Truth in the UK's public square

Cancel Culture…in Amersham?

We live at a tricky time. Expressing what you believe, on any number of social, moral or political issues, can quickly lead to your marginalisation or even cancellation.

Scary though that prospect may be, it is as of nothing compared with the fate you could have suffered in England 500 years ago, simply for holding different beliefs from the King or the Church. A monument off Station Road in Amersham, Buckinghamshire, UK, records the ‘cancellation’, by execution, of eleven local residents, who were burnt at the stake for believing that the Bible should be read in English.

In the early 16th century, the Bible was only allowed to be read in Latin; but the average person couldn’t read Latin, so the population lived in ignorance of its contents. Understandably, the eleven Amersham ‘Lollards’ (that’s what they were called) wanted to read the Bible in their own language. They also wanted to make it available to their fellow countrymen and women, so that they could see for themselves that forgiveness of sins was readily available, not through confession, penance or holy communion – as the Church taught – but through faith alone in Jesus Christ.

However, if millions of people became aware that personal salvation comes not through anything a person can say, pray or give, but through what Jesus Christ has already done – by dying for our sins on the cross and rising again from the dead – imagine the effect that would have on the Church. It might go bankrupt! A clash with the authorities was inevitable. The Lollards were arrested and put on trial. Six men and one woman were burnt in Amersham between 1506 and 1521, while four others were burnt in various parts of the country in the years leading up to 1532. In a couple of cases, the children of the victims were forced to light the fire that consumed their parents.

Though they did not live to see the end results of their courageous stand for a ‘Bible in English’, the Amersham martyrs did play a small but vital role in the ‘Reformation’ in England, which ultimately transformed our country into a place where freedom of conscience, speech and belief, have become things we all take for granted. How ironic that, 500 years later, people are once again being intimidated into silence and cancelled, not by a religious authority bent on protecting its status, but by a secular movement bent on the promotion and celebration of moral relativism and unbridled ‘freedom’, in contradiction of everything the Bible teaches.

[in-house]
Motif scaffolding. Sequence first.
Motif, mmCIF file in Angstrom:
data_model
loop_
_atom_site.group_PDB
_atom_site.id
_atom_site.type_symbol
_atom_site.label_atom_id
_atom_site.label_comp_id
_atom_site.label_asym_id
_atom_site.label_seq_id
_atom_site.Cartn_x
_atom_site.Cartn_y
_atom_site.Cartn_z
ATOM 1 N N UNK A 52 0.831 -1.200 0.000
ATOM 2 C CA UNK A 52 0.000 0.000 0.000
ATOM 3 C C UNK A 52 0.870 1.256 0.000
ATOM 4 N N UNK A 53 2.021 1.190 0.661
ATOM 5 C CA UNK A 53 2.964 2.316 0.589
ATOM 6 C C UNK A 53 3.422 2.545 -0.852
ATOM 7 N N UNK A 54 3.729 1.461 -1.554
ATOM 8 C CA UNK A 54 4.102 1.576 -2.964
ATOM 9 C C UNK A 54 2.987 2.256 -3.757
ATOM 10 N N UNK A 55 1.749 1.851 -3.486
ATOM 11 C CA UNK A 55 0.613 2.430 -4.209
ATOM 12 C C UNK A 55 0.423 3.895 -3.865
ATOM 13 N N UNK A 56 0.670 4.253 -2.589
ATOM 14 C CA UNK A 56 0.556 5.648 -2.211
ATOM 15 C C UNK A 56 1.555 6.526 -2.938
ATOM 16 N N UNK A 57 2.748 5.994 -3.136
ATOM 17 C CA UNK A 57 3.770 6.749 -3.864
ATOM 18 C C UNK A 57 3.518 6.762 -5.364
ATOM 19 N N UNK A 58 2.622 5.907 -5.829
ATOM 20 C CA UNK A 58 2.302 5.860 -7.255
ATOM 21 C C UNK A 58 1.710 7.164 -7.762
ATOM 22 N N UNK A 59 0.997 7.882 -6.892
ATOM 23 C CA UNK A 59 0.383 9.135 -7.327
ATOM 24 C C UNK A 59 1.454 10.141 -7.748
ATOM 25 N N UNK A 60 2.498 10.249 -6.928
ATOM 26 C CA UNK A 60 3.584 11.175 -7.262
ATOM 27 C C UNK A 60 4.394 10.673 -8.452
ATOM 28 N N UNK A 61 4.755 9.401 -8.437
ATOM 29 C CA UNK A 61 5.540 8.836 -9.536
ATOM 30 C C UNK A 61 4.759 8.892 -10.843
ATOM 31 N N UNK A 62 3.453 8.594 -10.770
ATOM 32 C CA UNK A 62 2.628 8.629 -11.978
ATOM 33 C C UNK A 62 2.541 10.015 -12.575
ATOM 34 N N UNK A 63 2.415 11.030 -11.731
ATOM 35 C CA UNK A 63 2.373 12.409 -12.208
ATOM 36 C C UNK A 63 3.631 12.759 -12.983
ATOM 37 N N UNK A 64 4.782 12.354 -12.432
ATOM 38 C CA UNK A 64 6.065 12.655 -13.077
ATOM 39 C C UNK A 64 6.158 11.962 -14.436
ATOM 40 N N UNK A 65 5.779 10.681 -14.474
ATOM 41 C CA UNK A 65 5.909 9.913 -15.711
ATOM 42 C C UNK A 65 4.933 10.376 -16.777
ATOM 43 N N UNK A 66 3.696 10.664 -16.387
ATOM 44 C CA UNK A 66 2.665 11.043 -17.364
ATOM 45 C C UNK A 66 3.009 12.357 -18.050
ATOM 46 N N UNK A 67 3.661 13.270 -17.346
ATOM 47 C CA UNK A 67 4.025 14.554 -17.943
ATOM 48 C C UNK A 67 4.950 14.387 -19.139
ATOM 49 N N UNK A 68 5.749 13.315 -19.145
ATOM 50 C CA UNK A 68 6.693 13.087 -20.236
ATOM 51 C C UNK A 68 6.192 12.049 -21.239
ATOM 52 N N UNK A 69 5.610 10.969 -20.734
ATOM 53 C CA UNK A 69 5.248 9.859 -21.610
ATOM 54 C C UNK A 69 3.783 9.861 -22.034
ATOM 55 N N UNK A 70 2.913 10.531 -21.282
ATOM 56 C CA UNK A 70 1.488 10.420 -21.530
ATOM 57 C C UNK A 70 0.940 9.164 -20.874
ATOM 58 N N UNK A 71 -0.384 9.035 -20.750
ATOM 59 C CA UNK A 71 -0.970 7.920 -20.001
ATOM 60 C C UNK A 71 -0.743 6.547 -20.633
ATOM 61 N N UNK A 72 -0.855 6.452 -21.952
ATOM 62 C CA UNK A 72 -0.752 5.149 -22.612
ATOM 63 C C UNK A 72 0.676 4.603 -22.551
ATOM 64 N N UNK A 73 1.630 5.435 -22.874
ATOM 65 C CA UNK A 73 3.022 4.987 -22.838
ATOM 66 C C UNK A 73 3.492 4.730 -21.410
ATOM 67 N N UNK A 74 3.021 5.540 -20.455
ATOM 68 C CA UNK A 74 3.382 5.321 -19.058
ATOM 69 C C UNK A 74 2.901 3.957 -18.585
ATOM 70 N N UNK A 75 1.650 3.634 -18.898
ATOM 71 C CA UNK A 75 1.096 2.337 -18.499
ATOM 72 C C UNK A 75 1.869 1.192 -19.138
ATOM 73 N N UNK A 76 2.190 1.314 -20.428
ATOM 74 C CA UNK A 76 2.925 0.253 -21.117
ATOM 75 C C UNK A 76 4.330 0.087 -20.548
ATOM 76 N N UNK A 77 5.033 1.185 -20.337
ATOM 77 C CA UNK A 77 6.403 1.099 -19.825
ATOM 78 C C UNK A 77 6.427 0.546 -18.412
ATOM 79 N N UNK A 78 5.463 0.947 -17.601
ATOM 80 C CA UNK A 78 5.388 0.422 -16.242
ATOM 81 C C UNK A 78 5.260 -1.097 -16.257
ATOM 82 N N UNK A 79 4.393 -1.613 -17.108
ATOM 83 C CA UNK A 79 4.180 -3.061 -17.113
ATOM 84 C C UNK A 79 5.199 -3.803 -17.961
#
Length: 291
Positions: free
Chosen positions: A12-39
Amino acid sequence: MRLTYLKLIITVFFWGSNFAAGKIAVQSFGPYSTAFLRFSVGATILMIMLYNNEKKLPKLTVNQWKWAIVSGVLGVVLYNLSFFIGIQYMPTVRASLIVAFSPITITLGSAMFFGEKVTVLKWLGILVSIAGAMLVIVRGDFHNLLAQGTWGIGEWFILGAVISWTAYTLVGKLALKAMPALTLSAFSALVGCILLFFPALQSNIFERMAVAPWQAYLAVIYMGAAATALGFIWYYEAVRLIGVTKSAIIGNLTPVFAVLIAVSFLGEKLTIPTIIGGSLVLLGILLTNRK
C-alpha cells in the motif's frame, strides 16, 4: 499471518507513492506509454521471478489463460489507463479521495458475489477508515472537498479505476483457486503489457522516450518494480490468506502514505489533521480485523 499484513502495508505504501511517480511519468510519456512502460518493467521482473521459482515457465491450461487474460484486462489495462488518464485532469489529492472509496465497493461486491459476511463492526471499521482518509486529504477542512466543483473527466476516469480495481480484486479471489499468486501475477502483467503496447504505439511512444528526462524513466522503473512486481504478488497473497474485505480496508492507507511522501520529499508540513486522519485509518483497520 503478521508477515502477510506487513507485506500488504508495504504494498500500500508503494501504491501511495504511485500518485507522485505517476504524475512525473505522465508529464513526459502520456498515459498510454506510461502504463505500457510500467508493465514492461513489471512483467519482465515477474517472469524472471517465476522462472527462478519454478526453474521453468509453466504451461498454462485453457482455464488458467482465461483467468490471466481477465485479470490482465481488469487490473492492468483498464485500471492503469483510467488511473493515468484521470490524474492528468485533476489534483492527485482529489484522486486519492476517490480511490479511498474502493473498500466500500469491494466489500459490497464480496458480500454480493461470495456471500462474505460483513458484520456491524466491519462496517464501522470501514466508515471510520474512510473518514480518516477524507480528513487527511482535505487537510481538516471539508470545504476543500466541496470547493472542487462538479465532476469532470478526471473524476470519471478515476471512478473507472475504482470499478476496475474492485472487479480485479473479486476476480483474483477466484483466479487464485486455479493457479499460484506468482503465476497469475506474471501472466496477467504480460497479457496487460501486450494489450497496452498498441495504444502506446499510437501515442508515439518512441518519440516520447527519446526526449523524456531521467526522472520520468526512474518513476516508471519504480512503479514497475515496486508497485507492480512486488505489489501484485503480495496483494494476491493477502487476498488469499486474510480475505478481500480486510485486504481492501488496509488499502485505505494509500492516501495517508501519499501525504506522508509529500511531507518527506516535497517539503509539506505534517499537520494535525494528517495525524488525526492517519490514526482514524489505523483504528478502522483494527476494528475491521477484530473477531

With the benefit of hindsight, now that 6 billion copies of the Bible have been printed worldwide in over 3,000 languages, the efforts of the cruel authorities in Amersham seem futile to say the least. To this day, the Bible remains the world’s best-selling book and it can be read freely by anyone with a smartphone. Here is its central message in a nutshell: God, at the beginning of time, created a perfect world. Humanity ruined that world by sin. In love, and to rescue us, God sent His perfect Son Jesus Christ to earth to die for the world and to pay the penalty for sins. In the resurrection of Christ from the dead 3 days later, God demonstrated His victory over sin and death, and now offers eternal life and forgiveness to all who will turn from their sin and place faith alone in Christ for eternal salvation. The Bible says “Repent and believe the gospel” (Mark 1:15).

Michael J. Penfold – 07849 882702 or